IBM Acquires Cast Iron Systems

Deal bolsters IBM's on-premise-to-cloud data integration capabilities.

Doug Henschen, Executive Editor, Enterprise Apps

May 3, 2010

3 Min Read

IBM today announced the acquisition of Cast Iron Systems, a privately held company that has specialized in the fast-growing arena of connecting on-premise data and systems to software-as-a-service (SaaS) offerings and cloud-based computing platforms.

IBM said the purchase of Cast Iron, the terms of which were not disclosed, will bolster the company's cloud-based data integration capabilities. It's an important emerging market where IBM faces increasing competition from Informatica and smaller players including NetIQ, Boomi, Hubspan, and open-source vendor Jitterbit.

"Our model has always been a hybrid one, so Cast Iron is a nice fit," said IBM's Steve Mills, senior VP and group executive, IBM Software Group, talking about the continuum from outsourced services to hosting and cloud services during a Web conference from this week's IBM Impact conference in Las Vegas. "Cast Iron has grown its business over the last decade to be the premier provider of capabilities that enable a hybrid cloud environment."

For years, Cast Iron focused exclusively on fast integration via appliances that could be installed on-premise or hosted by the vendor. In recent years the portfolio has broadened to include integration software and services apart from the appliances. Whatever delivery method customers choose, the promise is rapid deployment and implementation favoring configuration rather than coding. Prebuilt connectors for popular on-premise and cloud-based applications are complemented with data migration, cleansing and synchronization capabilities.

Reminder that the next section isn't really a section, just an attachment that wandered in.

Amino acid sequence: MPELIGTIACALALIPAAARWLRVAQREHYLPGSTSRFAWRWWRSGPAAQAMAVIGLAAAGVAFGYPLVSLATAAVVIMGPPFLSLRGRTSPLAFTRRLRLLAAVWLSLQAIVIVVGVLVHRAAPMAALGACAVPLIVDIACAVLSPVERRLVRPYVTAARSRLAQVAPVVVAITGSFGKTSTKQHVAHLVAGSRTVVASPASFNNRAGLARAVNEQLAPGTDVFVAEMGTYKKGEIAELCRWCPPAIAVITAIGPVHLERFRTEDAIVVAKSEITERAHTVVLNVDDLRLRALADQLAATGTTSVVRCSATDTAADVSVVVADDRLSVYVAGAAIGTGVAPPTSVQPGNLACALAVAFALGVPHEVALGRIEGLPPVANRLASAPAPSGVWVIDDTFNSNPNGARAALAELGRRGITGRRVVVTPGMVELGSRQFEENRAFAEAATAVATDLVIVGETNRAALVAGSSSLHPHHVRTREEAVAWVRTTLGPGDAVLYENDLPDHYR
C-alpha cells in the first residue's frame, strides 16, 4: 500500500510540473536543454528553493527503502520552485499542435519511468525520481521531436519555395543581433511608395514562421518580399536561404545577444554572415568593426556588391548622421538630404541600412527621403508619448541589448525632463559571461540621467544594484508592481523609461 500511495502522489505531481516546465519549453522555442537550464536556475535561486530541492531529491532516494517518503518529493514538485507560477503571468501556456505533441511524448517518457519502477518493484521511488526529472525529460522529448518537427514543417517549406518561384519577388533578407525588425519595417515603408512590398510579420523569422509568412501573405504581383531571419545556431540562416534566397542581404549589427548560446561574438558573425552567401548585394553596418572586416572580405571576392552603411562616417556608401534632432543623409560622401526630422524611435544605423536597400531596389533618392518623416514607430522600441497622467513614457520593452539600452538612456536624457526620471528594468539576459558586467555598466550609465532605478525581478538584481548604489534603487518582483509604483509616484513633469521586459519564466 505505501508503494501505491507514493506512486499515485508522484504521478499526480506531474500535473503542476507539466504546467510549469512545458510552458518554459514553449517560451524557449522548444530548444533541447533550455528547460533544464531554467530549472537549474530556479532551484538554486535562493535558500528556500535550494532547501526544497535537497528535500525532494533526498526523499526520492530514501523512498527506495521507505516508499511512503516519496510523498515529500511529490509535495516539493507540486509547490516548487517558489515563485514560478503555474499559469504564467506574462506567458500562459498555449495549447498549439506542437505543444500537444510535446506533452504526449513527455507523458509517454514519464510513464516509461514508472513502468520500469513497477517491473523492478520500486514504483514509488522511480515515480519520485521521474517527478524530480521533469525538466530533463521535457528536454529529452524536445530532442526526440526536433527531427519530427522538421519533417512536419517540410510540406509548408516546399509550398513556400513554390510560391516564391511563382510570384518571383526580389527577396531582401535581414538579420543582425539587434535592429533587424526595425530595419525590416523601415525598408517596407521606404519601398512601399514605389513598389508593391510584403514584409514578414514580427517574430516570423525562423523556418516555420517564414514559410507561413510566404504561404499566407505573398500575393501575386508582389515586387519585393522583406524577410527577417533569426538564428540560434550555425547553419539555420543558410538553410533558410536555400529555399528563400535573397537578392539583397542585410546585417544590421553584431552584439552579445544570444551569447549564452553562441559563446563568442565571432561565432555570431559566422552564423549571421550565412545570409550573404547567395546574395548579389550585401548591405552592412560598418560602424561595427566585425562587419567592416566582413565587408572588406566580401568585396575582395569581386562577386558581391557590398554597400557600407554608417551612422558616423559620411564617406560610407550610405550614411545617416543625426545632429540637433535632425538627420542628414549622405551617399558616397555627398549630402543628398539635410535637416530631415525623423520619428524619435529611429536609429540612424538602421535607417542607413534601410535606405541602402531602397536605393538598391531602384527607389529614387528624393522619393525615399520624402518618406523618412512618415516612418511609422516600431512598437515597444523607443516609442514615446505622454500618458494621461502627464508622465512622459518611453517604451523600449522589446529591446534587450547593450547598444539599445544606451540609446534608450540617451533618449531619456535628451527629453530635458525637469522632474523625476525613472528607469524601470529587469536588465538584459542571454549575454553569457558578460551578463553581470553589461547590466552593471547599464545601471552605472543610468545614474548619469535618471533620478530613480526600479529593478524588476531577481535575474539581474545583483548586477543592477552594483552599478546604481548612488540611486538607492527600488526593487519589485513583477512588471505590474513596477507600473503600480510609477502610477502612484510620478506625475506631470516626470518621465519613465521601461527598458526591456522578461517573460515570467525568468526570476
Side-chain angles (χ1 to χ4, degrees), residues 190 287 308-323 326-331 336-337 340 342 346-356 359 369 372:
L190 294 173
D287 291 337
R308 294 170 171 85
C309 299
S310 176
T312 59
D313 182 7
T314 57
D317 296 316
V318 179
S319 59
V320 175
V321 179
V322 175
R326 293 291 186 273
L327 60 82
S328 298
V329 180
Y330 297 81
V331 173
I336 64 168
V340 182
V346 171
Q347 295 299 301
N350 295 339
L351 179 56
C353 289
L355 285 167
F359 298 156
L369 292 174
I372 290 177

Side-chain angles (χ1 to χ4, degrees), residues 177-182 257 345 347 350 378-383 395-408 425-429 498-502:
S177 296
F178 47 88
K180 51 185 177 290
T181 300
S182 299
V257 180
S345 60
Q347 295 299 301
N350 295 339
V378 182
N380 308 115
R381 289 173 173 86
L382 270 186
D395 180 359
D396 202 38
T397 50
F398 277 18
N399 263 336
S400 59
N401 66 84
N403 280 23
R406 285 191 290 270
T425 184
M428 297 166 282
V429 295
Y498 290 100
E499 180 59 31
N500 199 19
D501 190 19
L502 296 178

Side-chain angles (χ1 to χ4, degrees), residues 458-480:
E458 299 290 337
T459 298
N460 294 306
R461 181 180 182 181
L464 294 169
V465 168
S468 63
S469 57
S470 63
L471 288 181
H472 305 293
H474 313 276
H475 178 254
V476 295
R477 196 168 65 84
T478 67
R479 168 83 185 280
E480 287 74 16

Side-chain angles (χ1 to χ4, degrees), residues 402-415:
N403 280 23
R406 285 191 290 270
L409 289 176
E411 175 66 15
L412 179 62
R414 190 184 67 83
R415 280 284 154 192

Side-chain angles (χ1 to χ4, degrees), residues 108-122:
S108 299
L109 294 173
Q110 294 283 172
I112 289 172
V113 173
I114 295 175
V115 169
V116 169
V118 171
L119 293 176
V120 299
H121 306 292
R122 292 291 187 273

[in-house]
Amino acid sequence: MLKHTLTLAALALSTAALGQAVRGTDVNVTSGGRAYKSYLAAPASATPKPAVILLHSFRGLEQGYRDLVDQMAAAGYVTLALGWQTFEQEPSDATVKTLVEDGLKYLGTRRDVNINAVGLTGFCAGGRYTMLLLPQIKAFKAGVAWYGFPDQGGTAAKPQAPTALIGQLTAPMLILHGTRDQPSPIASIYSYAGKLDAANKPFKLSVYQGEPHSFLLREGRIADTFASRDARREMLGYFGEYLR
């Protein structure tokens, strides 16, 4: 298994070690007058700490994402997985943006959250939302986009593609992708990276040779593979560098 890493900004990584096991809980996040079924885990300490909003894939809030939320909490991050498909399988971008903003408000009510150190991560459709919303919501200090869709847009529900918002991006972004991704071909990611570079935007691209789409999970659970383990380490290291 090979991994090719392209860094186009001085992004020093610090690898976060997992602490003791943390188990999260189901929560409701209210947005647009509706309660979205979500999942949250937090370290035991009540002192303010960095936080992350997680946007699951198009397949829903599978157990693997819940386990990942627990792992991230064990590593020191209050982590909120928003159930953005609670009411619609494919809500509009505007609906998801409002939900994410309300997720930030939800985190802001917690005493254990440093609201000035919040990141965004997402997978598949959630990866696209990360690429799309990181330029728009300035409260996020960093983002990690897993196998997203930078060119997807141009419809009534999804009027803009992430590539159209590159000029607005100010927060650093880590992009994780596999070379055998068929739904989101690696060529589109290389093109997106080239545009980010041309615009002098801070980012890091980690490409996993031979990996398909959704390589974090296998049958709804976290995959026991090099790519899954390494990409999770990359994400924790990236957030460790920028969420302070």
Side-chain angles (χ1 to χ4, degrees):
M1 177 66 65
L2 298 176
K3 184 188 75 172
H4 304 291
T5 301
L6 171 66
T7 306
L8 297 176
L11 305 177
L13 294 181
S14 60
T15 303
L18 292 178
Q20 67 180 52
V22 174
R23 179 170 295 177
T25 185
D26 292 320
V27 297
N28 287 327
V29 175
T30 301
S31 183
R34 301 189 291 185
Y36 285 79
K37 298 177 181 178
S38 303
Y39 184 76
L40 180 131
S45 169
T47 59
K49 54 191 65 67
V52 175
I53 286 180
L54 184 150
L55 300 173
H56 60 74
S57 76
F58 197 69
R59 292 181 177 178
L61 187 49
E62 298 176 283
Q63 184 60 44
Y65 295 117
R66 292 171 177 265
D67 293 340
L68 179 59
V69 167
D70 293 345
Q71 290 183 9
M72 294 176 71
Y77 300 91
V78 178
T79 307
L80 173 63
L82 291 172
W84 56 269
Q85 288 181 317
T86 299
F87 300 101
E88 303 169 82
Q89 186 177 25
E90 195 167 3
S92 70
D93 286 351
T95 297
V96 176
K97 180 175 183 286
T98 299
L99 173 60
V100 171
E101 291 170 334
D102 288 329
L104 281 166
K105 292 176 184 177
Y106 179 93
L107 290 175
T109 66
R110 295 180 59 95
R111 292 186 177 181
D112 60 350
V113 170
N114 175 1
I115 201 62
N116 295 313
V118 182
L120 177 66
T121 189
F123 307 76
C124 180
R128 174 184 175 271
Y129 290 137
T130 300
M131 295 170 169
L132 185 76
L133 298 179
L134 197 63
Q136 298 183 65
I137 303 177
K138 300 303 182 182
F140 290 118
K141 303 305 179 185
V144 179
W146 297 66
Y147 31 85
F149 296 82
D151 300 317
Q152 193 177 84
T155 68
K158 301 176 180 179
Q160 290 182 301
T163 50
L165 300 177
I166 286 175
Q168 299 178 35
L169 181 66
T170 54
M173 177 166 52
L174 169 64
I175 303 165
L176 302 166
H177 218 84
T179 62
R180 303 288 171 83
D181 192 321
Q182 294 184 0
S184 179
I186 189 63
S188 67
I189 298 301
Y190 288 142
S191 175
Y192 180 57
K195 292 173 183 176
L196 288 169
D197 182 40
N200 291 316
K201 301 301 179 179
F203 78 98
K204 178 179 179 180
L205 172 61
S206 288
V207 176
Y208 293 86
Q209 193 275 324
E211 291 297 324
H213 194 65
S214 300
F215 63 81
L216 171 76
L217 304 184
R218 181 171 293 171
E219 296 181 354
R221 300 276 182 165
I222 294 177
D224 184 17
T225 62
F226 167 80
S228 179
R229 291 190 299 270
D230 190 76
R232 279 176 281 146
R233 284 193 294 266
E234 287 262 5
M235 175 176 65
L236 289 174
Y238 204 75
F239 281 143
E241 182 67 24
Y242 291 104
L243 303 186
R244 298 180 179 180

Cast Iron's OmniConnect cloud integration platform, announced in early March, is designed specifically to integrate public- and private-cloud services with on-premise applications. Supported applications include the usual suspects among enterprise applications, including SAP, Oracle, PeopleSoft, Microsoft, Lawson and so on. Cloud platform partnerships include Amazon EC2 and, and SaaS partners include, RightNow and NetSuite.

In the short term, little is likely to change in terms of Cast Iron's technology, partnerships and support. Nonetheless, customers are likely to be wary of changes, according to Liz Herbert, a principal analyst covering SaaS for Forrester Research.

"When these deals with big companies happen, customers tend to be most concerned about changes to the pricing model," Hebert said. "They're also worried about getting less attention. These customers were a top priority for Cast Iron. When they are assimilated into the larger IBM organization, that might change for some of them."

On pricing, Cast Iron's services for flat-files and databases start at $500 per month. More complex integrations between SaaS services and on-premise applications cost approximately $1,500 per month. Integration involving six or more enterprise end-points, including SaaS and multiple on-premise applications, starts at around $4,500 per month. IBM executives today said they intend to continue to support the technologies, customers and partnerships that Cast Iron has in place.

Cast Iron will be integrated into IBM's WebSphere business. The longer-term question is how Cast Iron will be integrated and find synergies with IBM's existing data integration technologies. It remains to be seen if the code bases, functionality and user experiences can be blended. IBM rival Informatica has an Informatica Cloud Platform based on the same technology it offers for on-premise data integration. Informatica declined to comment on today's IBM-Cast Iron news.

About the Author(s)

Doug Henschen

Executive Editor, Enterprise Apps

Doug Henschen is Executive Editor of InformationWeek, where he covers the intersection of enterprise applications with information management, business intelligence, big data and analytics. He previously served as editor in chief of Intelligent Enterprise, editor in chief of Transform Magazine, and Executive Editor at DM News. He has covered IT and data-driven marketing for more than 15 years.

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